The Akita dog originated from Japan in the northern mountainous regions of Honshu Island. Ownership of these dogs was once restricted to royalty and the aristocracy. The Samurai bred fighting dogs by crossing them with larger breeds. They were used for a variety of tasks including hunting, draft work, fighting, guarding and herding.

The breed was declared a Japanese National Monument in 1931 and even today it has a spiritual significance for the people of Japan. Small statues are given as gifts especially when a baby is born or when someone is ill. The breed is extremely loyal. The town of Shibuya has erected a bronze statue in memory of an Akita named Hachi-Ko. When his master passed away while at work, the dog continued to meet the train for nine years. Helen Keller was also the proud owner of an Akita, the first one to come to America. After World War II the breed was lucky to escape extinction.

Akitas have a strong desire to be pack-leaders, even within their human family. Supervision is needed for other pets, visitors and children. Small pets may be perceived as prey and aggression is often directed towards other dogs. It does not need training to take on a role as a guard dog.

The Akita will not tolerate teasing. They are a very intelligent dog and tire quickly of repetitive training. Mental and physical stimulation will keep them happy and healthy.

It has the large head and thick, curled tail that typifies Spitz-type dogs. The rounded ears are wide at the head. Triangular, dark brown eyes are deep set in the skull. As pups, they house-train easily and are very clean. The main genetic diseases are hip dysplasia and hypothyroidism and, to a lesser degree, degenerative myelopathy, blood disorders and blindness.

The Akita is a calm, self-confident dog, not demanding of attention or exercise. Although, you will have to walk your dog every day if you want to keep him to his ideal weight.

These are heavily boned, muscular dogs weighing between 34 and 50 kgs (75 to 110 pounds). They do not bark much but have some vocalizations particularly with people they know well. The feet are webbed with thick pads. The coarse outer coat may be a different color to the soft, thick undercoat and they sometimes have a masked face. They shed twice a year heavily and need regular brushing.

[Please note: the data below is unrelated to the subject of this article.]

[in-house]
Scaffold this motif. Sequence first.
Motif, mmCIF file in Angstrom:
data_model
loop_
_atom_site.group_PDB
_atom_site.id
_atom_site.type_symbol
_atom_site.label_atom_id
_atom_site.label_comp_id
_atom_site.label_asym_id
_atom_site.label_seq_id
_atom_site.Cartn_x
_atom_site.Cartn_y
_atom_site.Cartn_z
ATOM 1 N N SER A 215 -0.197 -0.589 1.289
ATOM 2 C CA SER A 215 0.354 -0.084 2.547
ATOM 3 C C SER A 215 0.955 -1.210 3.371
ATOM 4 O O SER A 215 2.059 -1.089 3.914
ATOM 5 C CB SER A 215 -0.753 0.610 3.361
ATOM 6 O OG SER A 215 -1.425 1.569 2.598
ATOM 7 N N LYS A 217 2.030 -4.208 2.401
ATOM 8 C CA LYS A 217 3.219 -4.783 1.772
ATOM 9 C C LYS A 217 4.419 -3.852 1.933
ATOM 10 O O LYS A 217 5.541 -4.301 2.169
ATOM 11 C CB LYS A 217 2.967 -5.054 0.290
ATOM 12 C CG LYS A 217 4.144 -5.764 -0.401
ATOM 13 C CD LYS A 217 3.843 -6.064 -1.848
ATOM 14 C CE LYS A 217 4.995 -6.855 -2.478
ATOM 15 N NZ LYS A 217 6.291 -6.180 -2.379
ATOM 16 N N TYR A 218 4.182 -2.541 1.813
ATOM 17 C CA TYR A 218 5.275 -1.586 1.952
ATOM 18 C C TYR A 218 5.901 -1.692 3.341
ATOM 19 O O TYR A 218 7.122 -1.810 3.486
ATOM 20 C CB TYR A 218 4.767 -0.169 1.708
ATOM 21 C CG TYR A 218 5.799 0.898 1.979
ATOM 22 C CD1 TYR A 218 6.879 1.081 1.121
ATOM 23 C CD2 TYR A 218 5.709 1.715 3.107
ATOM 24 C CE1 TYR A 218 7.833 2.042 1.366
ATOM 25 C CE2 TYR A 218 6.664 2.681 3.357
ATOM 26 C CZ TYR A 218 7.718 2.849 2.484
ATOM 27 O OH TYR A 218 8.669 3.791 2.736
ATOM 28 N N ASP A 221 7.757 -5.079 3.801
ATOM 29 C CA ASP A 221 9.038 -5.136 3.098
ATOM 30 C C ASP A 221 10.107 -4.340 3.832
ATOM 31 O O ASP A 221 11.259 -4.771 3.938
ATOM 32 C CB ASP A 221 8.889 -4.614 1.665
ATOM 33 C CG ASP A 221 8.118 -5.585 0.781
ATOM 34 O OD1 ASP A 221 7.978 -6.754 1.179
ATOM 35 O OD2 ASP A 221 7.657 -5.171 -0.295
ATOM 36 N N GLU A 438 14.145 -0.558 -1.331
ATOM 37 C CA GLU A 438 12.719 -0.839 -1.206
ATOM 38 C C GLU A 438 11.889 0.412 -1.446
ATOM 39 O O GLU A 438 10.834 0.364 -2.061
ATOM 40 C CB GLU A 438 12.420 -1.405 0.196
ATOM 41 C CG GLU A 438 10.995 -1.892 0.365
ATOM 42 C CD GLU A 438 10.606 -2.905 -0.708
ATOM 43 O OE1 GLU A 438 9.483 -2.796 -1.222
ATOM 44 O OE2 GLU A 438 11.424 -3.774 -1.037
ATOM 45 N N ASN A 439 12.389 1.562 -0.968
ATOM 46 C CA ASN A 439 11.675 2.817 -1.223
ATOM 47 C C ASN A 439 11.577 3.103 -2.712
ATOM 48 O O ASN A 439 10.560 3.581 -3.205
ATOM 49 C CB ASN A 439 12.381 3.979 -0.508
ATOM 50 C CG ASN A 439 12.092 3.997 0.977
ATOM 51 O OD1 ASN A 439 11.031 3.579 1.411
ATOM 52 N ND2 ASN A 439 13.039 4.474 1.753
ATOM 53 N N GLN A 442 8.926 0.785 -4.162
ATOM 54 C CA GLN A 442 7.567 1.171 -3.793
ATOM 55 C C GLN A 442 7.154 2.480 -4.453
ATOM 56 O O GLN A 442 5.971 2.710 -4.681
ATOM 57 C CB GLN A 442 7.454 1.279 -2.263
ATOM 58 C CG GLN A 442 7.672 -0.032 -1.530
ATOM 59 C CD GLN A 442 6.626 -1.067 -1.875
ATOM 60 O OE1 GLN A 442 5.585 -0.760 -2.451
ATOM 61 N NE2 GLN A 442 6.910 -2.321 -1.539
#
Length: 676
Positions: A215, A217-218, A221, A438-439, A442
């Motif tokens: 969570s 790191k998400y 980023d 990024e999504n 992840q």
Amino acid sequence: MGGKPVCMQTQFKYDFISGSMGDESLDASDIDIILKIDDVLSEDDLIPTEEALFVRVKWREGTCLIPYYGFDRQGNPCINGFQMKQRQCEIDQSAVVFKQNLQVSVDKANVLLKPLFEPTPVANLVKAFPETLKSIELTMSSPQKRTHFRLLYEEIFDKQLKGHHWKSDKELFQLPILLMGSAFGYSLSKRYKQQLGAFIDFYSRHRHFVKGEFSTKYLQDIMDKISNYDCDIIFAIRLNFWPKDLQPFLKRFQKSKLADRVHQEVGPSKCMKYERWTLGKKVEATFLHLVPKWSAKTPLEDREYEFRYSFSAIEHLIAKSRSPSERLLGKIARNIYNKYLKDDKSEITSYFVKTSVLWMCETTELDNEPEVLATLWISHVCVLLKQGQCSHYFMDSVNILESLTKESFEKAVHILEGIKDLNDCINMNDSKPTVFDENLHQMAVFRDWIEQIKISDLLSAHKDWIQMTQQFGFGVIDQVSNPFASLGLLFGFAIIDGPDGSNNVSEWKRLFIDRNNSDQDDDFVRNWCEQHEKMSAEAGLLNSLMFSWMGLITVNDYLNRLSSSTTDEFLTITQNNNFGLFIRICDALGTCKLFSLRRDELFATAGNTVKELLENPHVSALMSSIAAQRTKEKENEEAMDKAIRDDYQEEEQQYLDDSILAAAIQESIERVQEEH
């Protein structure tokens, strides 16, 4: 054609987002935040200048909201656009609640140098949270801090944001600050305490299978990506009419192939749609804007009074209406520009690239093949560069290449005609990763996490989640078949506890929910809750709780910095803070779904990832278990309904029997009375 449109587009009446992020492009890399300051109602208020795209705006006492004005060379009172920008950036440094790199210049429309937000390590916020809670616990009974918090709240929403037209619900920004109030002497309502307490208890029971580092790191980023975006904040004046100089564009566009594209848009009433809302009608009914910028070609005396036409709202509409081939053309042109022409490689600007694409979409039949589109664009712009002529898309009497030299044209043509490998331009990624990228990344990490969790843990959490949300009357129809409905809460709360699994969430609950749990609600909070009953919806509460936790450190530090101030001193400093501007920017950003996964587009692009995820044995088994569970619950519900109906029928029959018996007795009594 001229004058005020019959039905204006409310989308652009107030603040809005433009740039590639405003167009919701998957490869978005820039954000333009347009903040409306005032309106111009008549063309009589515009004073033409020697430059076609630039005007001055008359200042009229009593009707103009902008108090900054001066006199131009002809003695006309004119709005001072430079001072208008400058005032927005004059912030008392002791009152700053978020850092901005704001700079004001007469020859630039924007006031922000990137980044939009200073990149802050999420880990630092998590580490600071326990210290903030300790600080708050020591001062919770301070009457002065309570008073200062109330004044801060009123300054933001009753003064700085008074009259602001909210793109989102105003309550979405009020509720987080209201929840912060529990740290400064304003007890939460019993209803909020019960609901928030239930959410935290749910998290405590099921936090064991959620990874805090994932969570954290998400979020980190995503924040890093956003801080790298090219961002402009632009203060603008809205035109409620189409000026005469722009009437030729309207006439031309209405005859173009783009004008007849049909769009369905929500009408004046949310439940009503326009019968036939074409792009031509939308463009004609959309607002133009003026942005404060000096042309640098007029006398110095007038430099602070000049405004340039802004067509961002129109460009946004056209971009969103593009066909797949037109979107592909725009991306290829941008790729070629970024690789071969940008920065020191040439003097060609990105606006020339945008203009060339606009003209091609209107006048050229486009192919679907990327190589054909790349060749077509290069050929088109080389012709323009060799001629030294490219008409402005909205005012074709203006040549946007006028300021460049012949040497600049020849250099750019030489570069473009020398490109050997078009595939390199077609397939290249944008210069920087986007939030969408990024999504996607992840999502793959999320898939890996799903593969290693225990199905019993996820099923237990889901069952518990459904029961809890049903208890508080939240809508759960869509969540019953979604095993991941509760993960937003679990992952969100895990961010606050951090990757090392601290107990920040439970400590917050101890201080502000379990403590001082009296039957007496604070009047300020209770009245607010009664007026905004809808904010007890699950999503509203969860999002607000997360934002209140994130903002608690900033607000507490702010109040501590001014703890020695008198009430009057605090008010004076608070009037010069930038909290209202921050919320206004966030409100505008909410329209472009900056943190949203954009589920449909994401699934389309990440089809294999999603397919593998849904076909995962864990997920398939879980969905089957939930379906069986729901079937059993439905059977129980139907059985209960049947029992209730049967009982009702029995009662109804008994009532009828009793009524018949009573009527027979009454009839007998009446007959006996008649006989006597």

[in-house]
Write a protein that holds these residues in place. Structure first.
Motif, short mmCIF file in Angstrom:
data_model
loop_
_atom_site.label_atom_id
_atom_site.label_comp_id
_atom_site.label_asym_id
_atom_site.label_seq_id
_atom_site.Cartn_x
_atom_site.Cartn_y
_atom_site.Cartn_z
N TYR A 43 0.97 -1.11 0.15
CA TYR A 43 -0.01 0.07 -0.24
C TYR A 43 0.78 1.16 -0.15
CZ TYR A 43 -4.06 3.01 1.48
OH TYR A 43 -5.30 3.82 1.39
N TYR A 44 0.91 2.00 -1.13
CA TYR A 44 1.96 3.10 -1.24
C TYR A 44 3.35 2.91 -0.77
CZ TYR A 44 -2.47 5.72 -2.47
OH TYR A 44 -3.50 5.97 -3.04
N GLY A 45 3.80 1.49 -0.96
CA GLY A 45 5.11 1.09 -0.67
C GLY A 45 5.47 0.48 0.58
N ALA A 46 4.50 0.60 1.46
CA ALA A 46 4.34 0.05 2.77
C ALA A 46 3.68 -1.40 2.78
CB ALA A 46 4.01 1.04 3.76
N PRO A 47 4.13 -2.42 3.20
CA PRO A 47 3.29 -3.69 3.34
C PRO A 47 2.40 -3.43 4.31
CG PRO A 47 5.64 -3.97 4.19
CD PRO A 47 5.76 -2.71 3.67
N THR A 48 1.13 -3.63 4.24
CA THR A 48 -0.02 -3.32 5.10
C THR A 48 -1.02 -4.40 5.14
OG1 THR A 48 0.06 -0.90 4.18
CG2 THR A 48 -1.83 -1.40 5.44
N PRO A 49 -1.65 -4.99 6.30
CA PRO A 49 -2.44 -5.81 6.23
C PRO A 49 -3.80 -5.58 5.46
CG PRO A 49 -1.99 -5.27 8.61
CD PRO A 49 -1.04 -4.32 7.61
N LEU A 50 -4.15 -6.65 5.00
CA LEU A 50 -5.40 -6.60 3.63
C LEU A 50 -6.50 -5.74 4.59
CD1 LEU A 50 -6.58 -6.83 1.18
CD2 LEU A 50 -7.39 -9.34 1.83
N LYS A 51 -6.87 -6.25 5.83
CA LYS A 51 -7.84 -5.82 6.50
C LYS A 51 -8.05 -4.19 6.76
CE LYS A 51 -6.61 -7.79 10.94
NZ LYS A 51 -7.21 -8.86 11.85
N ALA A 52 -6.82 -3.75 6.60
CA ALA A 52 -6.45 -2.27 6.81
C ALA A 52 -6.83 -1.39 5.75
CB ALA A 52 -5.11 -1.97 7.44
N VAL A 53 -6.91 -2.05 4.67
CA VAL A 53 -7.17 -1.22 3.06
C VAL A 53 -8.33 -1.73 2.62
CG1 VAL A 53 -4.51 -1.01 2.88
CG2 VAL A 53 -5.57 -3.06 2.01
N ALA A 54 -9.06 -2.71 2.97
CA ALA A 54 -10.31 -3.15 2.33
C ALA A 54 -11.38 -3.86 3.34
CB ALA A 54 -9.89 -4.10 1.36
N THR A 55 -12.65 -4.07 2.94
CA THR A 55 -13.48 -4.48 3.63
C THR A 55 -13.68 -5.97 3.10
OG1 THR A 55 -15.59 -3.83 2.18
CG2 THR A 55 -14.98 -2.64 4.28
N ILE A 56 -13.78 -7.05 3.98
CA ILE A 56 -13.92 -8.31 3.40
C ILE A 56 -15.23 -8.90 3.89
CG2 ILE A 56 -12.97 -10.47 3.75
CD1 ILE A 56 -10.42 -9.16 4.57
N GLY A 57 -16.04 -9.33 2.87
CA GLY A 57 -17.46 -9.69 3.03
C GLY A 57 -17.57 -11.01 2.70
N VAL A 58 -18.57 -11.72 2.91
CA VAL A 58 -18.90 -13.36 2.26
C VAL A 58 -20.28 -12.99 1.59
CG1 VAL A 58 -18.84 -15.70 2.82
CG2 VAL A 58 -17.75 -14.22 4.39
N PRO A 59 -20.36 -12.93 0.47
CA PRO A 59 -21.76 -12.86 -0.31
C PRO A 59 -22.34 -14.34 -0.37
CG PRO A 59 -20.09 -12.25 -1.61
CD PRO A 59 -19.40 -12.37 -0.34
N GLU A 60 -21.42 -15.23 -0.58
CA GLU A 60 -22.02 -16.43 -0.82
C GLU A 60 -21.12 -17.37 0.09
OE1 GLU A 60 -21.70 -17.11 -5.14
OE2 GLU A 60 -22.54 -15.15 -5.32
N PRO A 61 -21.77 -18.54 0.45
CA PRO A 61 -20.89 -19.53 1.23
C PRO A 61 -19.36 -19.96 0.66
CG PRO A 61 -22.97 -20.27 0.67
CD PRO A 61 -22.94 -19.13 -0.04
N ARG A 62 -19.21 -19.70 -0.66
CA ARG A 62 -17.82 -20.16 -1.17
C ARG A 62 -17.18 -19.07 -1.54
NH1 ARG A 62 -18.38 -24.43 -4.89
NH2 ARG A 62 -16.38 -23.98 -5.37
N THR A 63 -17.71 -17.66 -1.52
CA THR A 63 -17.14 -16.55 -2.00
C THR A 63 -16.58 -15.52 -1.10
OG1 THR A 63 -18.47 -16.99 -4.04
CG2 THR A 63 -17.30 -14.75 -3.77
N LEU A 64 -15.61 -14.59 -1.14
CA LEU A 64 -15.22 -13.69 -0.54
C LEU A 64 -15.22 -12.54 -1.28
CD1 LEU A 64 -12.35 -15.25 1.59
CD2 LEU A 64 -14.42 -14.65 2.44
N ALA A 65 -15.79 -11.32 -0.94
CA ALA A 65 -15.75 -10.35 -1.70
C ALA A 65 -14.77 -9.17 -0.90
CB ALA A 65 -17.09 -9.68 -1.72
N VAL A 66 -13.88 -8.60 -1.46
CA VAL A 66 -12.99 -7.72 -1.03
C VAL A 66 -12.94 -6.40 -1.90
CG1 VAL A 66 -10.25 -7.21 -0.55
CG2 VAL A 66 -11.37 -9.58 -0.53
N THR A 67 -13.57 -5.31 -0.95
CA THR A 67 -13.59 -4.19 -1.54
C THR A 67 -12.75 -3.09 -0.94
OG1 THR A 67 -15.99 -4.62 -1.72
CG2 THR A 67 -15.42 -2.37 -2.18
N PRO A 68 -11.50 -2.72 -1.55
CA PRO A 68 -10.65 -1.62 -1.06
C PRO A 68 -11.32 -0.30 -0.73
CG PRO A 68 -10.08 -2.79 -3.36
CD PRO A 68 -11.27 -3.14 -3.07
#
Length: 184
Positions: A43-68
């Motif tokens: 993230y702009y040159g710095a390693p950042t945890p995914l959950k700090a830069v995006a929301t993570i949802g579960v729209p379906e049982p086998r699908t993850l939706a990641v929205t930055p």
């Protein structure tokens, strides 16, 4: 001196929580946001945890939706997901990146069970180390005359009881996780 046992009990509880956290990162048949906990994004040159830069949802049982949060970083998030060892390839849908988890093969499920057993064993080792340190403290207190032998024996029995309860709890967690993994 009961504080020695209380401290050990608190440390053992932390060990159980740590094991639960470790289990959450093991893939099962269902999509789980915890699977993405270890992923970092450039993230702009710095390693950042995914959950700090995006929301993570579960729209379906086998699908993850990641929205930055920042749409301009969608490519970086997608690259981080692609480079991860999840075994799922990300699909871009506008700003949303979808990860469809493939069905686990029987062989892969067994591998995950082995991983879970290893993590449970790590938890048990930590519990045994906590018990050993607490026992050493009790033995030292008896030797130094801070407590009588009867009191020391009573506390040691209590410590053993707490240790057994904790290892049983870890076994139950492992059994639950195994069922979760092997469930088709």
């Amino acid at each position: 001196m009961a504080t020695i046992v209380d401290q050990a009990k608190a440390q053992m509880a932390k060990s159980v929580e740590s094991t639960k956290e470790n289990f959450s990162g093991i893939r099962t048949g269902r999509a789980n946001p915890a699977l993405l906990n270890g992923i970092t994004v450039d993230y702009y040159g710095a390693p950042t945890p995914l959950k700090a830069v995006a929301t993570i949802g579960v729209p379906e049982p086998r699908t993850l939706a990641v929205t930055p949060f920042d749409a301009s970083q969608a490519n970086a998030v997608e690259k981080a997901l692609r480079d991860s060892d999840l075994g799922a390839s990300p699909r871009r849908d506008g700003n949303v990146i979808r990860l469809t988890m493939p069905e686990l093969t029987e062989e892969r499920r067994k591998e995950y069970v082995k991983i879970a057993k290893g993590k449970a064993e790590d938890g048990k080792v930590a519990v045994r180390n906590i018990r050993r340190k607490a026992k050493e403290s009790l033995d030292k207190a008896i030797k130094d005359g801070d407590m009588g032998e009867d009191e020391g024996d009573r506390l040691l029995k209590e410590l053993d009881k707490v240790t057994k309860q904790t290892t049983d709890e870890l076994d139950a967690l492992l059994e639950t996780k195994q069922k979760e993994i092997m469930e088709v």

These powerful dogs stand 22 – 27 inches tall and can weigh as much as 125 pounds. The coat is thick and comes in several colors including brindle, fawn, red, sesame, and white. They shed an average amount of their hair, although they heavy shedding comes twice yearly.

The are healthy dogs with an average lifespan of 10-14 years. But, like all purebred dogs, they are prone to some diseases, such as hypothyroid, progressively retinal atrophy and hip and kidney problems.

They are normally very loyal and highly protective dogs. They bond strongly with their family and are good with children and tolerant of other pets. They are known to have a passionate greeting on meeting their owners. This involves a lot of squirming about and making happy grunting sounds.

The Akita will not suit a novice owner. Their inherent survival instincts and strength need to be tempered with training and socialization. A well-trained dog will be loyal and affectionate to its family and manageable in other situations. A committed owner with some experience will find the Akita rewarding and a loving companion.

March 5th, 2016

Posted In: Pet